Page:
Looking back, 1946 was a very important year for me, one which would shape my future in so many different ways, and during which I would start to build the circle of like-minded friends that has sustained me all of my adult life. The key features of that year were that I joined the YHA, and that I had two walking holidays in the Scottish Highlands. The Scottish experience really changed my life, at least as far as holidays went. From then on, all holidays had to include some element of getting up into the hills and the transition to skiing grew naturally out of this, helped to a very great extent by a 1947 skiing holiday to Mjølfjell YH in Norway.
I was completely hooked from the very first day, skiing became an essential part of my life, and in 1949 I arranged for a party to go back to Mjølfjell for a six-month spell, helping to build an extension to the hostel. My brother George was there too, plus the seven Tyneside hostelling pals you can see in the photo (that’s me on the left).
My very good friend George Baker came out in July of that year and we had a great trip to the famous Jotunheimen area 350 km north of Oslo, including ascents of Galdhøpiggen, and Glittertinden, the highest mountains in Scandinavia.
I really took to the Norwegian people and their style of life and in 1950 went back to Mjølfjell for a three-year spell working for Oswald, Mjølfjell Warden for many years and well-known to many British visitors (see footnote). As Assistant Warden, I was involved in all of the duties necessary for the running of the Hostel, and, in the winter, a major part of my job involved looking after the hire skis and boots, equipping about 100 new people each weekend!
During my time there, the skiing at Mjølfjell was all of the Nordic touring type, the leather ski boots had grooves around the heels for the kandahar-binding cables, the ski sticks were made of cane, with very large baskets for the soft snow. The Ski Instructors (including my old mate Karsten Pettersen, known to everyone as ‘Casie’) were a happy bunch and we had many great international sing-song evenings in the Common Room, with Oswald on his banjo, Casie on his clarinet and one of the hostellers on the piano.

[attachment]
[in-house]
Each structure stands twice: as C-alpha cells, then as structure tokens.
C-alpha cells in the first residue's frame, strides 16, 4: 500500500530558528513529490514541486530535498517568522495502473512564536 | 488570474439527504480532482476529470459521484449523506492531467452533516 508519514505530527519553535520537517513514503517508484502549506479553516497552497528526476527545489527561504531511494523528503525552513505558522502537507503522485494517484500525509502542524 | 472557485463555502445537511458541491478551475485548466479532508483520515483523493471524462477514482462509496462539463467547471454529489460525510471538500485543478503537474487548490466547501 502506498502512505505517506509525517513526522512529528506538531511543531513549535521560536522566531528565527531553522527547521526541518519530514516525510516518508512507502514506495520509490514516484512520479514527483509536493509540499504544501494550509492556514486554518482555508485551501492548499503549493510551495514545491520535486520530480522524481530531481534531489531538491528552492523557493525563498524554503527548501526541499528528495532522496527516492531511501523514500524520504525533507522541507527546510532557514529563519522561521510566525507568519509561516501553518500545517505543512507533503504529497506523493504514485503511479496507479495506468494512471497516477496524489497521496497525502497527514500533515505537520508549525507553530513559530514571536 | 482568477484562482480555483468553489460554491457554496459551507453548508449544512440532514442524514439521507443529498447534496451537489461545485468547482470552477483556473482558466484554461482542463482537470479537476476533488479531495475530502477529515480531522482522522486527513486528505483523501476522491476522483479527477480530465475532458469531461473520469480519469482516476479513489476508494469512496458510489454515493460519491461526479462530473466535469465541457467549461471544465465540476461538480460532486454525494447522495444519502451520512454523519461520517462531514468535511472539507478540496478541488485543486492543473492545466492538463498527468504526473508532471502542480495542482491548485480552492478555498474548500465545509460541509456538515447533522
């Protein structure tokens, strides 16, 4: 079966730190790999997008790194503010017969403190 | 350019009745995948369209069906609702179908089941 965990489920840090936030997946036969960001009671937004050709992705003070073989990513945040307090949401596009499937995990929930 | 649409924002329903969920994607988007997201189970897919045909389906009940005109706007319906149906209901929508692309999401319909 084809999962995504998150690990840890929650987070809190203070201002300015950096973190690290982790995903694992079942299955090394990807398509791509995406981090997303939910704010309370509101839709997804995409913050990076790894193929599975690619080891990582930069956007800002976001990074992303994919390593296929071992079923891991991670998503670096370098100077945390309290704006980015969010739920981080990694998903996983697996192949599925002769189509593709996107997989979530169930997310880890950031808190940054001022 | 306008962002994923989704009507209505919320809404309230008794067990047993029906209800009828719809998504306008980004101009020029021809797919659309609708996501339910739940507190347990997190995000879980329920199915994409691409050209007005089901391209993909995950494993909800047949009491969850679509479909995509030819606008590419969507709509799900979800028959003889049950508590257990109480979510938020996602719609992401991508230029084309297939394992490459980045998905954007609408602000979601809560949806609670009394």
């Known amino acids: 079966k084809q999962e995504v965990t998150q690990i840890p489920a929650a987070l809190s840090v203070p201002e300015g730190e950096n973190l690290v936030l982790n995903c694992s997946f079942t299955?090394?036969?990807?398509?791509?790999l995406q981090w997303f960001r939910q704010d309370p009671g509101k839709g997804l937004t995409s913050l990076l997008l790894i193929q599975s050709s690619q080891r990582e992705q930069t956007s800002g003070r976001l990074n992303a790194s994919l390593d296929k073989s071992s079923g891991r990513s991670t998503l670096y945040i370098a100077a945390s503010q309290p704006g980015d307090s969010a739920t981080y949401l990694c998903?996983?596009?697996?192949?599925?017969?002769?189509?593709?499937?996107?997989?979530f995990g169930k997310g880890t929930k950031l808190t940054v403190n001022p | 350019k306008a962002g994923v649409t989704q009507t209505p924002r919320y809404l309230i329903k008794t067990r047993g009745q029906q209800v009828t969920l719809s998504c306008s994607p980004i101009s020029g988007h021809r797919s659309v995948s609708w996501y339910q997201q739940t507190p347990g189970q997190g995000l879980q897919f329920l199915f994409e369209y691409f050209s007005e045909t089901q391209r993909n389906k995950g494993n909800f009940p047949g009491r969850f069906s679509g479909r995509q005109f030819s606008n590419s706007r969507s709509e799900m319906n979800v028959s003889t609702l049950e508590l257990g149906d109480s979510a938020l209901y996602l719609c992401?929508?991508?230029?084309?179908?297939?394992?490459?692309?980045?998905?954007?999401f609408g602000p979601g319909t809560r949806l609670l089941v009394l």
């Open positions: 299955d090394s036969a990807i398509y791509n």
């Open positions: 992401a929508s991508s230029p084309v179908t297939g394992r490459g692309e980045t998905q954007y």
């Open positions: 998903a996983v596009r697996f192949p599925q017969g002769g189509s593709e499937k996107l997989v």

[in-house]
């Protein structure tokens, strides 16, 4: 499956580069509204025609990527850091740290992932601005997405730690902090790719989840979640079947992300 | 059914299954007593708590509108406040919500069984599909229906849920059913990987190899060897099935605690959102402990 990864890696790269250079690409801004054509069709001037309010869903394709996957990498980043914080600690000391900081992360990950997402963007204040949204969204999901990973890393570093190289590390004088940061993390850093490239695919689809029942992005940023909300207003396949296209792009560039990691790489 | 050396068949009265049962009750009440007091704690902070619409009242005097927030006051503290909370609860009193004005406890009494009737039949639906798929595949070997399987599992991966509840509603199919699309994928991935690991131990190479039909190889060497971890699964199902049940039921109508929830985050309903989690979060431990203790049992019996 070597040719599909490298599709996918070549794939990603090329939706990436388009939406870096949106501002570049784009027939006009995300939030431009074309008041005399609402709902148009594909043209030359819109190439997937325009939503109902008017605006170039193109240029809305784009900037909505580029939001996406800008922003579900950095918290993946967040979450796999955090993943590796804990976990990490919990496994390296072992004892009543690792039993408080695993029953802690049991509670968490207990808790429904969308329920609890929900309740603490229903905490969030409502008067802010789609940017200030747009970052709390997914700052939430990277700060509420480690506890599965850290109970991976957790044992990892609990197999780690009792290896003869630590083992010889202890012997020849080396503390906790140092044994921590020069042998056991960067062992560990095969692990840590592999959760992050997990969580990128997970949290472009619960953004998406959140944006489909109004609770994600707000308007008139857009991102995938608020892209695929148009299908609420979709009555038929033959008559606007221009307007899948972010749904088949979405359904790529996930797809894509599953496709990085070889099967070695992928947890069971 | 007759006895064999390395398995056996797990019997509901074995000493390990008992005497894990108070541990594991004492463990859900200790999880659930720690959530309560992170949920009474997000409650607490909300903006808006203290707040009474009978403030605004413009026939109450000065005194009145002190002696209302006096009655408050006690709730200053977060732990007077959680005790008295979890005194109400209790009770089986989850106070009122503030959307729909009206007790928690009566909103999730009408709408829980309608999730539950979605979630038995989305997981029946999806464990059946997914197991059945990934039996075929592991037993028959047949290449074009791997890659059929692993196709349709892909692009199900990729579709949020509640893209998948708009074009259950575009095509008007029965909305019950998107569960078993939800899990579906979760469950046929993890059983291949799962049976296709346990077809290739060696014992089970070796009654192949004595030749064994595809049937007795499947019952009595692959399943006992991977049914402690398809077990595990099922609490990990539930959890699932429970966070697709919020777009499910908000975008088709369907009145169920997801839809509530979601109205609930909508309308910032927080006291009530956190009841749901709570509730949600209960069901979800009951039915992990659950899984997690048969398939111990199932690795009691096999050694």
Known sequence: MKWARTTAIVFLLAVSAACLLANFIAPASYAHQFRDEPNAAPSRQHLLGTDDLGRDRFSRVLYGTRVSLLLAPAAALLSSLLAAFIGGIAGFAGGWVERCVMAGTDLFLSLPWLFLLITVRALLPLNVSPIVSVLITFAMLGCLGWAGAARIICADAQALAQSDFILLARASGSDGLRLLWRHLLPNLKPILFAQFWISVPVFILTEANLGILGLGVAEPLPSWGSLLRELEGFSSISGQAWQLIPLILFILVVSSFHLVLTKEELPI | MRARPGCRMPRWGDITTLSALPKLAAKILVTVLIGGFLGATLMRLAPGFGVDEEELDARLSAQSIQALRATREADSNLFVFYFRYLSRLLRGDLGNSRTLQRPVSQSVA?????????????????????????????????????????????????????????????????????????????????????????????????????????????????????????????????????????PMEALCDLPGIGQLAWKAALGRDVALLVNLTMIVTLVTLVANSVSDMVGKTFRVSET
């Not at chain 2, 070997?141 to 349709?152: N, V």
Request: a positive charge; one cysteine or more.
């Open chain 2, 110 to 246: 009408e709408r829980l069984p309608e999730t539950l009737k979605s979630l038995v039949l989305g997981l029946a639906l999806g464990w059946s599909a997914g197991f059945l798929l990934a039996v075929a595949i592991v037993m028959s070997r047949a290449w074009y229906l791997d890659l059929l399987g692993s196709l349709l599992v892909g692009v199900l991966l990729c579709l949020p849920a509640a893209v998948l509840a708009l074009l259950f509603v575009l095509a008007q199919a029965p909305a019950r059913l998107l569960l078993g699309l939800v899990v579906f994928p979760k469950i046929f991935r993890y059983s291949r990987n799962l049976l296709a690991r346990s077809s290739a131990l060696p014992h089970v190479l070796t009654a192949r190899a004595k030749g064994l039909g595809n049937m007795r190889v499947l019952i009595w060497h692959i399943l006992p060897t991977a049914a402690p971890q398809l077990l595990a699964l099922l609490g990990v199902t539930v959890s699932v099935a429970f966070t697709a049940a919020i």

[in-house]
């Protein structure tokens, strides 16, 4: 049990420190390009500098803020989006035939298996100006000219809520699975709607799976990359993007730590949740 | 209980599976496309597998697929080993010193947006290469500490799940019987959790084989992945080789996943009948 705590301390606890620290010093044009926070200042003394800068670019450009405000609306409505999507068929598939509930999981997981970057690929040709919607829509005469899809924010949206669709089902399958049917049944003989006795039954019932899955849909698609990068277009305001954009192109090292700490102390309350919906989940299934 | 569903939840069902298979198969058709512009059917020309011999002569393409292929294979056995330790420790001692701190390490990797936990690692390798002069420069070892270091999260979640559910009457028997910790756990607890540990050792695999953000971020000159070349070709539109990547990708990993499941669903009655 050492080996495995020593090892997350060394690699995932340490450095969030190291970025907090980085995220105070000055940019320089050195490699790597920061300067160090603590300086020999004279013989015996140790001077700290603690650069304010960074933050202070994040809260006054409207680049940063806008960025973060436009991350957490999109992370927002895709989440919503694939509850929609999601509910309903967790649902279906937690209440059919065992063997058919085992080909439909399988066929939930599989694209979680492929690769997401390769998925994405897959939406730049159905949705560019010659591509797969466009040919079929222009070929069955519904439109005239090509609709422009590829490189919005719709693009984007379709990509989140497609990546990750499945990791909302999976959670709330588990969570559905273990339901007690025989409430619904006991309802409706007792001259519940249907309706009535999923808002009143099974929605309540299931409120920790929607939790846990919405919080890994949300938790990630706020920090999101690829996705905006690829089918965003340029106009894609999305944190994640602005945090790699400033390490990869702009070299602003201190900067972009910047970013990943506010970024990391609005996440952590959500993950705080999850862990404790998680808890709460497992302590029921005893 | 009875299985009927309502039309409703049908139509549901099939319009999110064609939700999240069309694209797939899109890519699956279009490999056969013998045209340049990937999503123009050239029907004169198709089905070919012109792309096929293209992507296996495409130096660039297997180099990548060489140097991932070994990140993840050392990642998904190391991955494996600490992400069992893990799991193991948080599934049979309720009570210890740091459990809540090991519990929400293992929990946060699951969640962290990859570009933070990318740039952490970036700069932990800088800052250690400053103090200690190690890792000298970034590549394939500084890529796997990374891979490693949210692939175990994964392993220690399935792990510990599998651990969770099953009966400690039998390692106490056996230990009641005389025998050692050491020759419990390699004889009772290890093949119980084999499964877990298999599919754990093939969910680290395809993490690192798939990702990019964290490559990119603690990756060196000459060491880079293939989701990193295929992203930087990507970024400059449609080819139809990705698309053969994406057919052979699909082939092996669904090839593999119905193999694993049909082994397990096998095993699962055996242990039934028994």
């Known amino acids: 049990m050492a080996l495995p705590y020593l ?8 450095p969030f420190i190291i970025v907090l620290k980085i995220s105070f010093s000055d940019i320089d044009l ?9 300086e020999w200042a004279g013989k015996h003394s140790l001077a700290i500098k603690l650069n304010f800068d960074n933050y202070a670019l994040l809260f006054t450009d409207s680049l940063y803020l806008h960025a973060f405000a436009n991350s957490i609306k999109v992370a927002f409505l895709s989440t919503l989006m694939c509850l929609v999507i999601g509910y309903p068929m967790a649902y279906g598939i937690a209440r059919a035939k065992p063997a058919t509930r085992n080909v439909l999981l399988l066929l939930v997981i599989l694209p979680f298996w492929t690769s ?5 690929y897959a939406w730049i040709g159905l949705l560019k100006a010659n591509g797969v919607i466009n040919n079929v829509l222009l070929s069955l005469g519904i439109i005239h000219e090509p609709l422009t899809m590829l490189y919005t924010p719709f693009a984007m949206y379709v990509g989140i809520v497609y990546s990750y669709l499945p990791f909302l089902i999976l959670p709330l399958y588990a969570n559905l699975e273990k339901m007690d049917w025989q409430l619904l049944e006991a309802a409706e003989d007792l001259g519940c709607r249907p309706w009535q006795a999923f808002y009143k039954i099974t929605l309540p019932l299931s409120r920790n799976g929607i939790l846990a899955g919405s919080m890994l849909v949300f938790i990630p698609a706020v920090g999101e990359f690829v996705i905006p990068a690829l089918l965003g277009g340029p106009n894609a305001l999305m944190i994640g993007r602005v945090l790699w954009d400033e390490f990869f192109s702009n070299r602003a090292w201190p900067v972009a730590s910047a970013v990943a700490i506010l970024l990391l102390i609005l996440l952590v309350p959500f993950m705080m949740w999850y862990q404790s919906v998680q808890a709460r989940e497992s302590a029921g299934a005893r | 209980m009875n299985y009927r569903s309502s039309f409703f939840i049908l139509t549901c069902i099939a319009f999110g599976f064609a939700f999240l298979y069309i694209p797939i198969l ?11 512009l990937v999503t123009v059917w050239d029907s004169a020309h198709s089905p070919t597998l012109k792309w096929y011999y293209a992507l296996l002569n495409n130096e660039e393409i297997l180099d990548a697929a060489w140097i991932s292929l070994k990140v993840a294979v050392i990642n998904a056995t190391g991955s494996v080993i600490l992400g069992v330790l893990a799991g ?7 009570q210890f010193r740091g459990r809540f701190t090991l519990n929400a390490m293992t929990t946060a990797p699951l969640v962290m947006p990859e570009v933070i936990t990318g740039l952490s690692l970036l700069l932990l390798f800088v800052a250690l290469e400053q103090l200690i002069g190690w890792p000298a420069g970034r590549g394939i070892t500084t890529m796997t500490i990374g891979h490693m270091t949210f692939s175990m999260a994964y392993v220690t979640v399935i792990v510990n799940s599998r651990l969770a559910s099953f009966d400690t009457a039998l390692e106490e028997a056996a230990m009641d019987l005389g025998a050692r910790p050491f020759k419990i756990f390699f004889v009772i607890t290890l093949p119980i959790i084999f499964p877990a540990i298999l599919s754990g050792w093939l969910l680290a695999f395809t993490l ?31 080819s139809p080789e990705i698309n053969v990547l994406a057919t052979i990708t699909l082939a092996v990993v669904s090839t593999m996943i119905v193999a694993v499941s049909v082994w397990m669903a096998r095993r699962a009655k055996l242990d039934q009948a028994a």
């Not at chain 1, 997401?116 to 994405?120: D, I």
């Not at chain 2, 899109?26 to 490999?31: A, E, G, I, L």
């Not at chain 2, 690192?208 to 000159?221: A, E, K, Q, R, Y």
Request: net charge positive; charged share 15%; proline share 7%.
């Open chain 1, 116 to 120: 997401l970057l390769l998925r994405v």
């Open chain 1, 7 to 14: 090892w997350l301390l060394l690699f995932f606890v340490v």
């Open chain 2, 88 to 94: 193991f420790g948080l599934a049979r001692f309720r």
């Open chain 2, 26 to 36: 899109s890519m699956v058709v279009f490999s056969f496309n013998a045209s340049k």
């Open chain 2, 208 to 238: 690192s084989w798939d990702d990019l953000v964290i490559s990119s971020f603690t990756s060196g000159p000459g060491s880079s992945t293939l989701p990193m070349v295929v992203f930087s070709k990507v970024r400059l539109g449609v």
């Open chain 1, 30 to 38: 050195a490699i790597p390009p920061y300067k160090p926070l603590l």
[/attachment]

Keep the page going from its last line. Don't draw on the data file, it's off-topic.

This was a wonderful period of my life. Since we had snow for five months of the year, and no mechanical uplift at that time, I became quite a competent mountain touring skier and enjoyed many long distance trips with my friend Åsmund Pedersen, using the extensive range of remote mountain huts that are a such a feature of Norwegian mountains (ah, the joys of being young and fit!). I made so many lifelong friends during this time, people with whom I correspond and visit to this very day (now including going to their Golden Wedding celebrations!).
After my time in Mjølfjell, the place came to be quite a favourite with skiers from the North East, many of the founder members of The Northumbrian Ski Club had their first ski holiday experiences there – including using a ski lift! – and all done very inexpensively by train to North Shields and a crossing on the ‘Leda’.
Footnote 1. Oswald was the most interesting man I have ever met. During the war, he was in the Stein Organisation, a Norwegian Resistance group based in the Bergen area. One of the group was picked up by the Gestapo during a big push following the German capture of the ‘Viggo’ (one of the famous wartime ‘Shetland Bus’ ships). Unfortunately, this man was carrying a book listing all the group members. Most of the group were arrested and tortured and some were summarily executed, including Ingebright Valderhaug, an SOE operative. Several others evaded capture, escaping to Shetland on board the ‘Rupee’, arriving 19th February 1942. Oswald and most of the remainder were sent to Nazi death camps in Poland, where they had some pretty harrowing experiences before being freed by US troops. Oswald was too emaciated and weak to travel and spent six months recuperating in Schaffhausen in Switzerland, where he met Riwa, his wife-to-be. They married in 1946 and had 55 years together until Oswald’s death in 2001. We miss him.
Footnote 2. Click here to read about the involvement of Åsmund Pedersen during war, he went on the run from the Gestapo and ended up in Sweden, where he joined the Norwegian military as a member of a special Police Group.
Editor’s note. The comments concerning Oswald’s war record may have a direct link back to the Cairngorms. The Stein organisation acted as a conduit for Norwegians who wanted to strike a blow against the hated German occupation by joining ‘Norwegian Independent Company Number 1 – commonly known as ‘Kompani Linge’, a group formed early in the war by Captain Martin Linge. Linge the man was killed in 1941 during an attack on the occupied Lofoten Islands but his name was retained and it was a section from Kompani Linge that successfully blew up the experimental heavy water plant at Rjukan (as shown in the film ‘The Heroes of Telemark’), thereby arguably allowing the US to get ahead of Germany in the production of atomic weapons. This group trained extensively in the Cairngorms and some of them were based in Glenmore Lodge and the ‘Norwegian Huts’ which were in front of the hostel until the mid 1960’s. The original Scottish Ski Club hut near Ben Lawers was another important site for these wartime activities, see the Once each winter story for an update. A very comprehensive explanation of the work of ‘Kompani Linge’ is given in the Forest Enterprise teashop in front of the old Glenmore Lodge (now called Glenmore Youth Hostel). The image below shows the Kompani Linge shoulder flash, a very modern logo for the 1940’s!